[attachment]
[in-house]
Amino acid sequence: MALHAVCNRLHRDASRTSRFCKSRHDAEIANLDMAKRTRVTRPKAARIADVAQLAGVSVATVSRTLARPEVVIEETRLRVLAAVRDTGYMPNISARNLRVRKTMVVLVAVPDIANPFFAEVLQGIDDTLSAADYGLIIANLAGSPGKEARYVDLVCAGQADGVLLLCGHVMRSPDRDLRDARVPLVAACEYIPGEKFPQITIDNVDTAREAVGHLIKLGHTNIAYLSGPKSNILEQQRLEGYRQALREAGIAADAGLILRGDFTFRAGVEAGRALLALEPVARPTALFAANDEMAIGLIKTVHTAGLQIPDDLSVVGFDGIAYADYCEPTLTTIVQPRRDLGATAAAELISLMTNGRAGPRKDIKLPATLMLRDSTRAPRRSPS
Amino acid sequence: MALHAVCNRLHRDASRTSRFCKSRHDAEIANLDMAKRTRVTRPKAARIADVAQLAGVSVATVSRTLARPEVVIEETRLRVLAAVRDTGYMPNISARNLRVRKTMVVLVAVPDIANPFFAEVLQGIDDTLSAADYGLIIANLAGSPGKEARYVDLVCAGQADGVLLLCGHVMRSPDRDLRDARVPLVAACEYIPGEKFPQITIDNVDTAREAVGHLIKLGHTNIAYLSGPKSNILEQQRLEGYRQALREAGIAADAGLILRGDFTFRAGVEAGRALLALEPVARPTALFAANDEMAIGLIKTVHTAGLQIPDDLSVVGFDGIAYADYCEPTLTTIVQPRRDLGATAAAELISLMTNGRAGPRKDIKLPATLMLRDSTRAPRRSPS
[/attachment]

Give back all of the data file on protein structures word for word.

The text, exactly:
[in-house]
Amino acid sequence: MALHAVCNRLHRDASRTSRFCKSRHDAEIANLDMAKRTRVTRPKAARIADVAQLAGVSVATVSRTLARPEVVIEETRLRVLAAVRDTGYMPNISARNLRVRKTMVVLVAVPDIANPFFAEVLQGIDDTLSAADYGLIIANLAGSPGKEARYVDLVCAGQADGVLLLCGHVMRSPDRDLRDARVPLVAACEYIPGEKFPQITIDNVDTAREAVGHLIKLGHTNIAYLSGPKSNILEQQRLEGYRQALREAGIAADAGLILRGDFTFRAGVEAGRALLALEPVARPTALFAANDEMAIGLIKTVHTAGLQIPDDLSVVGFDGIAYADYCEPTLTTIVQPRRDLGATAAAELISLMTNGRAGPRKDIKLPATLMLRDSTRAPRRSPS
Amino acid sequence: MALHAVCNRLHRDASRTSRFCKSRHDAEIANLDMAKRTRVTRPKAARIADVAQLAGVSVATVSRTLARPEVVIEETRLRVLAAVRDTGYMPNISARNLRVRKTMVVLVAVPDIANPFFAEVLQGIDDTLSAADYGLIIANLAGSPGKEARYVDLVCAGQADGVLLLCGHVMRSPDRDLRDARVPLVAACEYIPGEKFPQITIDNVDTAREAVGHLIKLGHTNIAYLSGPKSNILEQQRLEGYRQALREAGIAADAGLILRGDFTFRAGVEAGRALLALEPVARPTALFAANDEMAIGLIKTVHTAGLQIPDDLSVVGFDGIAYADYCEPTLTTIVQPRRDLGATAAAELISLMTNGRAGPRKDIKLPATLMLRDSTRAPRRSPS